Starting Block Drills and Pointers for Faster Turns

Training & Technique
Written by: Harrison Howarth at 27 September '21 0
You are reading: Starting Block Drills and Pointers for Faster Turns

Along with a proper warm-up routine and a good training program, the start and turn are vital for any swimmer, whatever their standard. That is why we have decided to give you a few tips to improve both your start and freestyle turn.

Whether you are a sprinter or a long-distance swimmer, good starts and turns will help you quickly reach your top speed. Today, we will go over the advantages of using the track start over the grab start. After that, we will provide some starting block drills for you to practice. Then, we will explore turning techniques and give you a few tips you can implement in your training.

Initial Speed Is Generated From Good Starts and Turns

Similar to track athletes on the starting line, swimmers need a good block start to begin an event. After that, they use turns to push off the wall and begin the next lap. Both the start and turn are areas where you can utilize your legs to generate tremendous amounts of force, allowing you to quickly reach maximum velocity in the water.

It is important to get up to speed quickly before you begin the underwater phase of your lap. According to an article published in FINA, this is the fastest part of a lap because swimmers reduce drag when streamlining and utilize strong body muscles in their underwater kick.

However, all that speed isn’t generated from your streamline and dolphin kick alone. You gain most of your initial speed from pushing off the block or the wall. Good force application from your legs is key to developing a strong start and turn, and it will give that boost of speed you need at the beginning of each lap.

The Grab Start vs. The Track Start

Starting block drills: A swimmer dives into the pool from the starting block

There are two types of starts in swimming: the grab start and the track start. For the grab start, you place both your feet on the edge of the starting block about shoulder-width apart. For the track start, on the other hand, one foot is placed at the front of the starting block and the other behind it on a small pad ready to push off.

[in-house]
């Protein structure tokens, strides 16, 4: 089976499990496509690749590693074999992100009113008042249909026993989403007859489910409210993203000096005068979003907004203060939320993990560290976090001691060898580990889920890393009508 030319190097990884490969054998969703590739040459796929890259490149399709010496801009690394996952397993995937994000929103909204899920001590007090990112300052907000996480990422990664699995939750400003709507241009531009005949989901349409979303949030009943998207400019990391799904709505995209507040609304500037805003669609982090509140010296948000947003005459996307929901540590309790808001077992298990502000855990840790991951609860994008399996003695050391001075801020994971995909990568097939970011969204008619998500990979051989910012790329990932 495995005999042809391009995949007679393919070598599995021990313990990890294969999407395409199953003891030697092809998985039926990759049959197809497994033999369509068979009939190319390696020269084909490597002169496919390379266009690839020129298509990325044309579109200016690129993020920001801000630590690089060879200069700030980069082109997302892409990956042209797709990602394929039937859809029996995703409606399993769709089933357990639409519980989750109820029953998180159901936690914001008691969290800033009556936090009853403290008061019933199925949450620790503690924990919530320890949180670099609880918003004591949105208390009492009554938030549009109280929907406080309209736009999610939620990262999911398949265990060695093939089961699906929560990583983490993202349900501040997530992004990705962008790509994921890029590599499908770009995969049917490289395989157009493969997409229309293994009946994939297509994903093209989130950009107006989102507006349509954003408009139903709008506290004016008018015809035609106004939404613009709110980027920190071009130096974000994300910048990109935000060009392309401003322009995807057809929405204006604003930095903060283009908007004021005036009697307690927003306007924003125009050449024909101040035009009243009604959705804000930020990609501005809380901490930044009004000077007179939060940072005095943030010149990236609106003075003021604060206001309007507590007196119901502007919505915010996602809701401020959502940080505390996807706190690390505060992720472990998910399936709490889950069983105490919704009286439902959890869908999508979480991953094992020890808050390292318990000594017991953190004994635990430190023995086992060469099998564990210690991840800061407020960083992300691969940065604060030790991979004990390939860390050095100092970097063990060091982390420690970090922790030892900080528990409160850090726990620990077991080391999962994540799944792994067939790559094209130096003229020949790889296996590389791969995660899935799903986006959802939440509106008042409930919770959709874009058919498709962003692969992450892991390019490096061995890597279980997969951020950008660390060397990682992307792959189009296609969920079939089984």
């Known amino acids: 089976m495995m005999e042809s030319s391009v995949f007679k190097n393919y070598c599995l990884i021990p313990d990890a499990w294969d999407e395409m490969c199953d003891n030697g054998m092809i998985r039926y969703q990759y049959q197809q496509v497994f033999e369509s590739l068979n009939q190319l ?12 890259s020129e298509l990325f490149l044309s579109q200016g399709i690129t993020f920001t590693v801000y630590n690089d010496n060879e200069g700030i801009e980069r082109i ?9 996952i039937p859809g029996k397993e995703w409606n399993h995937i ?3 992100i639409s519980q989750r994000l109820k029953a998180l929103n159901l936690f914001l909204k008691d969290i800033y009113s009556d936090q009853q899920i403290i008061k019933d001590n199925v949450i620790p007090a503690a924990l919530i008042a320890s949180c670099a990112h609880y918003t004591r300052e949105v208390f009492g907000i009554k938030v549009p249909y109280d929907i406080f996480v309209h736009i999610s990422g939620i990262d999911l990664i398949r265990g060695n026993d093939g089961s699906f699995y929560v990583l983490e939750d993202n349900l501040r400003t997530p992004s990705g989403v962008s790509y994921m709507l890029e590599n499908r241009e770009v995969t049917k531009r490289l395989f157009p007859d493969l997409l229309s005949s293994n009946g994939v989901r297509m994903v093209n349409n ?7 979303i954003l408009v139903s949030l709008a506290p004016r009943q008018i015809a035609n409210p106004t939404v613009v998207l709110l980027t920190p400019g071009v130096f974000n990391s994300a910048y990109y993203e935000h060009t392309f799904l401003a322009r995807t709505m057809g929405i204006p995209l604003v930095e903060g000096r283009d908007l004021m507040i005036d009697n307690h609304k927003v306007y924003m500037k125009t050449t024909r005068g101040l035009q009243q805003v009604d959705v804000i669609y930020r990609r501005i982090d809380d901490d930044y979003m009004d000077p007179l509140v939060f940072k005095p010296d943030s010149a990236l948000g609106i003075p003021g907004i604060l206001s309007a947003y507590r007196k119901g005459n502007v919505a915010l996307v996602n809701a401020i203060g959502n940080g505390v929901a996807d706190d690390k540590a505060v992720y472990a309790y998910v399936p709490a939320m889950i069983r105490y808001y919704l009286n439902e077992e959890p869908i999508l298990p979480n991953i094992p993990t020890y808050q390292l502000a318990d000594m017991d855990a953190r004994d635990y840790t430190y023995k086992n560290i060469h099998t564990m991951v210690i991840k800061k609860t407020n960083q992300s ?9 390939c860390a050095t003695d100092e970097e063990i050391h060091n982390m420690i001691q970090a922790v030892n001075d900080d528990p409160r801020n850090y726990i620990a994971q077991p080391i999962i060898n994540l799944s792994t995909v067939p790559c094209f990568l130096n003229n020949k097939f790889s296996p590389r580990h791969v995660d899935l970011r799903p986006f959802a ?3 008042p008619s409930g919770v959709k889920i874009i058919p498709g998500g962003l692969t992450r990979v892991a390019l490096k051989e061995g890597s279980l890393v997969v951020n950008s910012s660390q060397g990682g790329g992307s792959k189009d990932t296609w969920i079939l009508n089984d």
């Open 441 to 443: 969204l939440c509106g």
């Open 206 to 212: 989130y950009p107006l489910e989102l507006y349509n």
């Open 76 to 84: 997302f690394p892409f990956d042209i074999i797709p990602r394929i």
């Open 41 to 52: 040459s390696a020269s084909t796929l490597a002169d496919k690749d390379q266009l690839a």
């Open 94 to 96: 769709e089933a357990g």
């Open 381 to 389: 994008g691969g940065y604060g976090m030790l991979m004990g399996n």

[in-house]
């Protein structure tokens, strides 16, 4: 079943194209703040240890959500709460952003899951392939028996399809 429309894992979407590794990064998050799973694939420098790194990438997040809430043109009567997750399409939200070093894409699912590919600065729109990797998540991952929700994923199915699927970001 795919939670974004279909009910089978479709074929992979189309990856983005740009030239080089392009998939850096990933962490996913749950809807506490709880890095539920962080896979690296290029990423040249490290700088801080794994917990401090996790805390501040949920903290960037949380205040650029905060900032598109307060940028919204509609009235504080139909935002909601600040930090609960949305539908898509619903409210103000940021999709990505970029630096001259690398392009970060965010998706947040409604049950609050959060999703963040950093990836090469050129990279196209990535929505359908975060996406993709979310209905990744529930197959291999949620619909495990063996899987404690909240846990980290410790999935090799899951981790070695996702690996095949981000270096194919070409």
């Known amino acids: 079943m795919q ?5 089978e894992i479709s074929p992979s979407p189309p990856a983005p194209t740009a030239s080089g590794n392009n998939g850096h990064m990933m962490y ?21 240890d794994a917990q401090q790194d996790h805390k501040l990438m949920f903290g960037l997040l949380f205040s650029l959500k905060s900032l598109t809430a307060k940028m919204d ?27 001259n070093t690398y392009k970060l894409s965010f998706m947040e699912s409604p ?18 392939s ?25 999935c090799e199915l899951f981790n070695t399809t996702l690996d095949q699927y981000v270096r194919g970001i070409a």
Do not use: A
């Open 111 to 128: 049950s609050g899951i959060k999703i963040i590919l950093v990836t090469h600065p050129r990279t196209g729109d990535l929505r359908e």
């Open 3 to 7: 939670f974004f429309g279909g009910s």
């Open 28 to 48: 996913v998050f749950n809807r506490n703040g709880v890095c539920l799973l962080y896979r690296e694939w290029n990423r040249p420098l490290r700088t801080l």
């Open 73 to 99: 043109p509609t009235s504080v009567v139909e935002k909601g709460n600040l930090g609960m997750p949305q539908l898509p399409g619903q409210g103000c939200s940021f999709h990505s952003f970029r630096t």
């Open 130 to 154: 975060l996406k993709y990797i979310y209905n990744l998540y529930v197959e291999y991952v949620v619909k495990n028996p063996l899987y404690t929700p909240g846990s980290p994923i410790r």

A study published in the International Journal of Exercise Science finds that the track start has an edge over the grab start. The track start allows for improved balance in the start position, faster reaction time to the start signal, and a more powerful drive phase off the block.

Balance is where a good start begins. If you are off-balance when the start signal goes off, you will have poor reaction time and less power as you push off the block. You can achieve proper balance by focusing on correct body position while you train. In the track start, you have a front foot and back foot to shift your weight between to find a comfortable balance point for your starting position.

Your reaction time will be better with the track start. The body position of the track start allows for your initial movement to begin off your back leg. In the grab start, on the other hand, your first move is generated using your arms. The track start is preferable because your legs are much stronger than your arms so you can exert force more efficiently off the block, resulting in a better reaction time.

You will have more power from the track start because your legs begin the drive phase and have more time to exert large amounts of force onto the block. Plus, you can achieve a higher hip position in the track start, allowing you to enter the water at an optimal angle.

Tips for a Good Track Start

Here is what you should focus on to carry out a good start:

  • An efficient push off the starting block
  • The best possible entry into the water
  • The fastest possible thrust through the water

To achieve all this, you need an excellent set position on the starting block. Follow these four key rules:

  1. Keep your hips up with a slight bend in your front knee.
  2. Look downward.
  3. Extend your arms perpendicular to the starting block.
  4. Place your back foot on the starting block behind the line of your hips.

How to Adapt the Track Start From a Conventional Block

Arena track start swimming GIF

Not all swimming pools are equipped with the very latest starting blocks (i.e., with a rear pad), so you need to know how to adapt your position to any kind of block. If you are using “conventional” blocks: